“Texas is a right-to-work state where it’s basically a race to the bottom with wages,” said Robert Anthony, who is the assistant business manager for the Arlington, Texas-based Construction and General Laborers Local Union 154.

Building a stadium to meet earthquake safety codes contributes 10 percent of the 30 percent in added costs in Los Angeles, Bury said.

All expenses considered, Cowboys Stadium opened to the tune of $1.2 billion in 2009. That price tag included $390 million in “soft costs.”

According to Romani, AEG’s estimated “soft costs” of building a stadium in downtown L.A. will amount to about $275 million.

Deep pockets

Regardless of how much the stadium costs to build, Leiweke said AEG will foot the bill.

“We will put up 100 percent of the money for the football stadium no matter what it costs,” Leiweke said. “If it’s $2 billion, it doesn’t matter, we’re paying for it.”

But Leiweke’s most likely candidate for private funding, billionaire AEG Chairman Philip Anschutz, has not agreed to pay for a stadium or a team, even though Leiweke said Anschutz is excited about the prospect of bringing a team to L.A.

“We need to prove to him that this business deal works,” Leiweke said last month. “No one is going to commit to spend a billion and a half dollars until you make an agreement with a team.”

Leiweke took a step toward proving the business deal could work this week when he announced Farmers Insurance had agreed to pay for naming rights for his downtown stadium.

In exchange for the stadium being named Farmers Field, the insurance company would pay $20 million during the stadium’s first year of operation as part of a 30-year deal worth $700 million. If two NFL teams moved to downtown L.A., the deal’s total worth would increase to $900 million over 30 years.

“Farmers’ commitment and partnership also allows us to completely privatize the development of the stadium… ,” Leiweke said.

Of course, no money would exchange hands unless a team agrees to move to L.A. and the stadium is built.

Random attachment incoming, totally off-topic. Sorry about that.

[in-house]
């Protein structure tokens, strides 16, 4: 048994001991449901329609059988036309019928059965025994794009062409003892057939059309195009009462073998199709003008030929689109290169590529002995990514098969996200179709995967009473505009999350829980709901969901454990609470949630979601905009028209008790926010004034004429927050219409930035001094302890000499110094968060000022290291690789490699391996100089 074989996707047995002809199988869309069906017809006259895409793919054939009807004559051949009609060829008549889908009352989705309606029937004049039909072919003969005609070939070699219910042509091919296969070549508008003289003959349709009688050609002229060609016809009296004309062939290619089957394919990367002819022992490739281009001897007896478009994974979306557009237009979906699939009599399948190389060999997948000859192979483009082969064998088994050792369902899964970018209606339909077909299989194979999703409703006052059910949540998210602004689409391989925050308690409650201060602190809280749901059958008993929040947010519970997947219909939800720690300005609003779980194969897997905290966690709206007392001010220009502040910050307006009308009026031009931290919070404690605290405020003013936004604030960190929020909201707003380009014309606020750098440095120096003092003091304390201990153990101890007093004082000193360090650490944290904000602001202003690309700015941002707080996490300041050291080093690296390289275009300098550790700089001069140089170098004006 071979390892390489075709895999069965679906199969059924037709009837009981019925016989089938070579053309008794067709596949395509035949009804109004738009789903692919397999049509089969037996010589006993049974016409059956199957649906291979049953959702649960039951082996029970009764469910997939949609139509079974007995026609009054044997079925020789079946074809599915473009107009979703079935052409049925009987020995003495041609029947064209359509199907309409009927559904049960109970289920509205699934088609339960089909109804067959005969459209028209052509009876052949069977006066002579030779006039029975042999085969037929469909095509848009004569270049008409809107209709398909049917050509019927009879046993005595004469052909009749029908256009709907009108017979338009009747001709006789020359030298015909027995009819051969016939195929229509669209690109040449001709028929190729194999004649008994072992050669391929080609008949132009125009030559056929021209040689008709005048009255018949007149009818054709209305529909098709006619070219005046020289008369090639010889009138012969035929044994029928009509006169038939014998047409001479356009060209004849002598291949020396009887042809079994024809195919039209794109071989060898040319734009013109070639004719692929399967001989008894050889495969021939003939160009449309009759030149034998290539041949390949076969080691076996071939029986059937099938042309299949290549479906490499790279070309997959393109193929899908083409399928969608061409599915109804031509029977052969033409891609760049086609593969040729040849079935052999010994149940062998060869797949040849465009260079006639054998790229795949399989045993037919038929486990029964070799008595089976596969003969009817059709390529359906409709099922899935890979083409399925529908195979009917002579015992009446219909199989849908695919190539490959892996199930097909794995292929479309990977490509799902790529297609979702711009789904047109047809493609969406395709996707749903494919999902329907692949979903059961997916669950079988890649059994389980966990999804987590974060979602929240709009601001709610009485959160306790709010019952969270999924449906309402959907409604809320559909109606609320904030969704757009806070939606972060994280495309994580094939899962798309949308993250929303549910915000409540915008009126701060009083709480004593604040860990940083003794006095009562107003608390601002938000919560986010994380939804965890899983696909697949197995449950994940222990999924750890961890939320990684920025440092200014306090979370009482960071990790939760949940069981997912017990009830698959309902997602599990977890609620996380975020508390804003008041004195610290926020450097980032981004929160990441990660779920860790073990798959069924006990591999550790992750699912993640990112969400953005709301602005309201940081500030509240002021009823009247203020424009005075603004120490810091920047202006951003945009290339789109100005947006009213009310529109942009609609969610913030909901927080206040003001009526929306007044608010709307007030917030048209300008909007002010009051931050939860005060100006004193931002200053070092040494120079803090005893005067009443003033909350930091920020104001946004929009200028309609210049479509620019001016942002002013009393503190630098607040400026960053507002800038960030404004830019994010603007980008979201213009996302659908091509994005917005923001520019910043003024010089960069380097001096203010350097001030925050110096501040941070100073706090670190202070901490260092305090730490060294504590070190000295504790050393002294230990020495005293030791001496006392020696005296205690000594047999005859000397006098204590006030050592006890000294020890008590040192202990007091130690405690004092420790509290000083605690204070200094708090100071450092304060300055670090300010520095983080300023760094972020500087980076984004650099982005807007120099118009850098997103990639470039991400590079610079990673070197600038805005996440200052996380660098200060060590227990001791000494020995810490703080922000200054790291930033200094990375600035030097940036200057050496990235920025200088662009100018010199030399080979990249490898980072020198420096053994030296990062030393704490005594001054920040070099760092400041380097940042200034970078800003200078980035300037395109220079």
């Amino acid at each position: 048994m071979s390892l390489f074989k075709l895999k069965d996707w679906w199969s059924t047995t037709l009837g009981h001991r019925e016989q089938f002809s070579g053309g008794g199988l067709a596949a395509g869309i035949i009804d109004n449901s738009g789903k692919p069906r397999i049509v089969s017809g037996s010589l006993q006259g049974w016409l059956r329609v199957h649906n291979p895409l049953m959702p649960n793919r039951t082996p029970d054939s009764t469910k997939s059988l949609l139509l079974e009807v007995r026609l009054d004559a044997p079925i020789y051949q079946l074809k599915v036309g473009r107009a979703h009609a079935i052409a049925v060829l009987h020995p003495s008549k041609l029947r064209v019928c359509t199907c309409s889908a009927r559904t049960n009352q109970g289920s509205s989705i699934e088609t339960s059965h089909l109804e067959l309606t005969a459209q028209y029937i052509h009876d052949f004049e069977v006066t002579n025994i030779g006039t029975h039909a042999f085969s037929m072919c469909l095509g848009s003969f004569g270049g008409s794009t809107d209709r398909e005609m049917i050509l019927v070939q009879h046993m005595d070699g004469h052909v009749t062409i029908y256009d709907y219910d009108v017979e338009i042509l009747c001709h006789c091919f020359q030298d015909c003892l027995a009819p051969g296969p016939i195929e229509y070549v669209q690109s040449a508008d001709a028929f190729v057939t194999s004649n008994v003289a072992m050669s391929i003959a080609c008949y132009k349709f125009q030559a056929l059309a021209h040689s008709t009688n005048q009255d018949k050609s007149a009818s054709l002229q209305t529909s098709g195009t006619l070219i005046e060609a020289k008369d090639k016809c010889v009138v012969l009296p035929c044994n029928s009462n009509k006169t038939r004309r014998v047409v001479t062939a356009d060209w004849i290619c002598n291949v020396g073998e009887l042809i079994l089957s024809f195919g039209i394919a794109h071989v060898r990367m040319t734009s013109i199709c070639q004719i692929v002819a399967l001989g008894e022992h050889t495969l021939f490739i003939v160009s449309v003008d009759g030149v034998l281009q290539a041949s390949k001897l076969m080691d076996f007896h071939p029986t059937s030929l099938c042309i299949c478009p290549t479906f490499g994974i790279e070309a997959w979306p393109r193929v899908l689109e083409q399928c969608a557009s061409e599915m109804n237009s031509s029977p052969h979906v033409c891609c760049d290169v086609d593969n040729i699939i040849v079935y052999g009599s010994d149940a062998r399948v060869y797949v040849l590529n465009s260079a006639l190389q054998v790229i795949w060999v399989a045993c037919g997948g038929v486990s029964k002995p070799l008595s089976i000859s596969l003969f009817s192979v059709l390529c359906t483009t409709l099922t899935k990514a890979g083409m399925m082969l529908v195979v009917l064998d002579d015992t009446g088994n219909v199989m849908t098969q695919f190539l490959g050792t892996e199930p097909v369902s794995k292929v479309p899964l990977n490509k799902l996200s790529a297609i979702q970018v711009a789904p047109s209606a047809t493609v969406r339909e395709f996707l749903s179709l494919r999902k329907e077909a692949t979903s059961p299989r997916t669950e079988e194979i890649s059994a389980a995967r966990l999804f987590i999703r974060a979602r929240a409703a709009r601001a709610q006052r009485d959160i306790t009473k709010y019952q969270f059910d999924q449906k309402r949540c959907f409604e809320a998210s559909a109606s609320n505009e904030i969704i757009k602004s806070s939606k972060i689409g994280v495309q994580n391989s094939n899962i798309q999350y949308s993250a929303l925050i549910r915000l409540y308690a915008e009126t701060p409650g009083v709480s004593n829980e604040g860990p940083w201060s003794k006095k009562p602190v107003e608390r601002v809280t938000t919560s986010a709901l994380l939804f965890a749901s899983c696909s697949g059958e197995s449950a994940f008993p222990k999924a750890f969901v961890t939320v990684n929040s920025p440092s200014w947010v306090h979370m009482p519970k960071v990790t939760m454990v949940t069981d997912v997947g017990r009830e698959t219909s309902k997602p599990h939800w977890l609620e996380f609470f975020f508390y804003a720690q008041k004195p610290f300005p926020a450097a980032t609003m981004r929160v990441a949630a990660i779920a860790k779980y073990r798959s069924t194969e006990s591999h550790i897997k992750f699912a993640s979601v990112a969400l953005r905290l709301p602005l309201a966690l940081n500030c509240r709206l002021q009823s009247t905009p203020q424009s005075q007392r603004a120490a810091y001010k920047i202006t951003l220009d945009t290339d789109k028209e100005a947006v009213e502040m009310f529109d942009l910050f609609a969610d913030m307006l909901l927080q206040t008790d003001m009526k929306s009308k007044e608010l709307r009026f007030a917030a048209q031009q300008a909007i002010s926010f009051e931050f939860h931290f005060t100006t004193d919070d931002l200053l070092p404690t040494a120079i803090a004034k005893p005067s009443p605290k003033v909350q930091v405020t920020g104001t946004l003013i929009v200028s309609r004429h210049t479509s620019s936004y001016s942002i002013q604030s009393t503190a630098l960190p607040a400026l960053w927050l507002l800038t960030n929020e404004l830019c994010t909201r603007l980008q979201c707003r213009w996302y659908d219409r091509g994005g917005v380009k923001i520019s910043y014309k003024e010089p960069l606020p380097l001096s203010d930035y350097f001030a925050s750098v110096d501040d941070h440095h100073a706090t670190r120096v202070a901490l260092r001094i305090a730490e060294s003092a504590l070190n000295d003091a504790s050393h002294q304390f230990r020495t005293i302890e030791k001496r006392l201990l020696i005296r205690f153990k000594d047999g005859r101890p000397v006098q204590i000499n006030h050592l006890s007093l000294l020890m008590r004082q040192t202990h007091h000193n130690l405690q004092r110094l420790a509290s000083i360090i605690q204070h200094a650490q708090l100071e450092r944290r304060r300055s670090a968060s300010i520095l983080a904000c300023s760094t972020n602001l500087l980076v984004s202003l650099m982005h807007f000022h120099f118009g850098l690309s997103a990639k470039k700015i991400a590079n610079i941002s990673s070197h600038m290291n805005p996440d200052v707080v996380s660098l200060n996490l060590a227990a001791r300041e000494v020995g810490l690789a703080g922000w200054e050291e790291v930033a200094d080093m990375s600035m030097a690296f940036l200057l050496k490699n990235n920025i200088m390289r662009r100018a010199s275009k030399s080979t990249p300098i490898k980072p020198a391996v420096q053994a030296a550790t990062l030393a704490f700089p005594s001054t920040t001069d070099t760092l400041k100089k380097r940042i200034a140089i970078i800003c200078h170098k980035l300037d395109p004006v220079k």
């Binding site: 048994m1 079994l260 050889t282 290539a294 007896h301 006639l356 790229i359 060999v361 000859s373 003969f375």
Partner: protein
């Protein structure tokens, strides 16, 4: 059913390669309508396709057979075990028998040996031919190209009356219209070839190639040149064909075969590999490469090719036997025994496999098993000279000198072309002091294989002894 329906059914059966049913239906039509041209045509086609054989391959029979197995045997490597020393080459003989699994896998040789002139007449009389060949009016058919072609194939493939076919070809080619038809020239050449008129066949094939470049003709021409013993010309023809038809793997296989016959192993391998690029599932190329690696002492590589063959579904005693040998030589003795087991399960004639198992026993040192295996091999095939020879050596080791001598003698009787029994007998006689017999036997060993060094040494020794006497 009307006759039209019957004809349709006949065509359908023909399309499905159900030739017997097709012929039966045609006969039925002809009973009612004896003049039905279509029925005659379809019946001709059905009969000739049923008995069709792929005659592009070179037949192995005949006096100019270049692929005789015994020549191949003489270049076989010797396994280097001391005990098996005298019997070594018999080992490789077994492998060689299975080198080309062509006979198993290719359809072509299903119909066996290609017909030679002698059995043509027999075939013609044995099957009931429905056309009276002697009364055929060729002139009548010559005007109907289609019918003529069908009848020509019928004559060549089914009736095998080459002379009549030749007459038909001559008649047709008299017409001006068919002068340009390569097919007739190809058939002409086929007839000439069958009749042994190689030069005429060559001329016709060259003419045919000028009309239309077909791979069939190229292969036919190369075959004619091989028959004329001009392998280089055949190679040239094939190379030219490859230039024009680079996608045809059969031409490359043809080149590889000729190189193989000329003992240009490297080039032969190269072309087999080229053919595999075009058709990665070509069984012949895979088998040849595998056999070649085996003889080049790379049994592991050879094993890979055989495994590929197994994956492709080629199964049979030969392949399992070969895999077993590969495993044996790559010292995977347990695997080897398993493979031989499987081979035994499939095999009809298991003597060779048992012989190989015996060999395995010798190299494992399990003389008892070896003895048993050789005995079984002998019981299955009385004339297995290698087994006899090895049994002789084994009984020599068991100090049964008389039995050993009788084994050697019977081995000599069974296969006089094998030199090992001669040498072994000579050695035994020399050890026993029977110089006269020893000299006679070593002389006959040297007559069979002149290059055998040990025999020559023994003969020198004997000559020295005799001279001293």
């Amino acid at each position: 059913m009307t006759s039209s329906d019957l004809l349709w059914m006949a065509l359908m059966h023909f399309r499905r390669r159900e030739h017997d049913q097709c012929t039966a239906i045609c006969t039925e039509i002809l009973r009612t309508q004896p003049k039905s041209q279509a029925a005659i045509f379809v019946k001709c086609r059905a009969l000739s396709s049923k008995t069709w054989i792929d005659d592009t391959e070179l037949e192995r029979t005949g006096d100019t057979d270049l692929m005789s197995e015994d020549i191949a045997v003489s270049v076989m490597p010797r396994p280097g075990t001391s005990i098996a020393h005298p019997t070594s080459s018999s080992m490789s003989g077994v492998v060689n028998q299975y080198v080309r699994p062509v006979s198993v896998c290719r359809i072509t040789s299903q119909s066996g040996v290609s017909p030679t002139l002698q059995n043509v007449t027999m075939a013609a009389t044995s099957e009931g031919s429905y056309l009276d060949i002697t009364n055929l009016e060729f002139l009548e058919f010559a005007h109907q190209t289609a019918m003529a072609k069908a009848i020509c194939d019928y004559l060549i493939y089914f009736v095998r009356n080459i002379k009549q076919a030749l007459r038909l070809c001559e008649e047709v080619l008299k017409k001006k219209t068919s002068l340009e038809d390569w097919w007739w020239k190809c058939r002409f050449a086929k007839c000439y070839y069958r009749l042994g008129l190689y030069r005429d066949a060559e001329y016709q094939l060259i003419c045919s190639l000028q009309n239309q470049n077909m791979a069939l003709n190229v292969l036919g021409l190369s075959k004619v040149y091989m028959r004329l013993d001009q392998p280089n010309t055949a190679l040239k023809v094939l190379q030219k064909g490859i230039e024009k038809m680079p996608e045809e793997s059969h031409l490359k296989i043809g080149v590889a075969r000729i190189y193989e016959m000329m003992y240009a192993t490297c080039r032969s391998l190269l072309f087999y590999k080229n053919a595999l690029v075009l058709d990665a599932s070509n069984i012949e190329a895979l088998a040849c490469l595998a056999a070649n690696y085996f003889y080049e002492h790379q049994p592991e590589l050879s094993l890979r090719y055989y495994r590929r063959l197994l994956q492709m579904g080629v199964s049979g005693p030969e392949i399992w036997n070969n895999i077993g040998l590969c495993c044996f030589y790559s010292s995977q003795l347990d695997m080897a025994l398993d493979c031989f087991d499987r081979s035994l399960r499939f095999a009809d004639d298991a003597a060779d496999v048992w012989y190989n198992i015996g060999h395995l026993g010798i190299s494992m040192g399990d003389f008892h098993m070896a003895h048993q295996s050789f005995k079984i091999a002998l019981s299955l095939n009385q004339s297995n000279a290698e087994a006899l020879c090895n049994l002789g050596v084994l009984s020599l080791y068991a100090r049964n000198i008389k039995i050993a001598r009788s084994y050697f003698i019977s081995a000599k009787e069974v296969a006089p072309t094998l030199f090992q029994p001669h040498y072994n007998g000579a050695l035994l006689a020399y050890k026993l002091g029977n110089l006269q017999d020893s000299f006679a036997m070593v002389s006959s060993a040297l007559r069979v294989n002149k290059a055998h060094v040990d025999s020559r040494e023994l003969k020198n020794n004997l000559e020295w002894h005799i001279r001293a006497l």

Public financing

L.A. city officials have yet to approve the demolition of the Convention Center’s West Hall and two adjacent parking lots – or even the building of a stadium on publicly owned land.

Leiweke has asked the city to issue $350 million in bonds needed to build a replacement wing for the West Hall and replace parking lots.

City officials say they do not know how those bonds would be issued because they have yet to receive a formal proposal from AEG.

In its first official action, the L.A. City Council on Wednesday directed city staff to engage in discussions with AEG regarding the stadium, $350 million in bonds and replacement of the West Hall.

Council members also voted to recruit a financial analyst to examine the proposed benefits of the deal.

To repay the $350 million in bonds, Leiweke said the city would impose a seat tax on the stadium. AEG would cover the anticipated shortfall between the city’s bond payments and money collected by that tax, Leiweke said.

The stadium’s financing also would include making bond payments while the facility is under construction, Leiweke said.

“We guarantee the repayment of the debt service,” Leiweke said. “We believe, in Southern California, based on our economy, it is wrong to ask the taxpayer” for money.”

But before the West Hall can be torn down, the city has to figure out whether outstanding bonds on the building can be retired and rolled into new bonds, according to Jason Klee, an administrative analyst for the city.

Los Angeles owes more than $440 million in outstanding bonds on the Convention Center, city officials said. Los Angeles pays about $48 million annually on those bonds, according to city documents and officials. Leiweke said $50 million of the $350 million in bonds the city issues would go toward paying off the existing debt on the West Hall.

Mayor Antonio Villaraigosa did not return a half-dozen calls and a written request for comment for this story.

“It’s key that no public financing from the general fund is there,” Councilman Tom LaBonge said at the Jan. 19 committee meeting. “And also a full explanation, because people … don’t understand the reality of building these types of great venues that are important for our community.”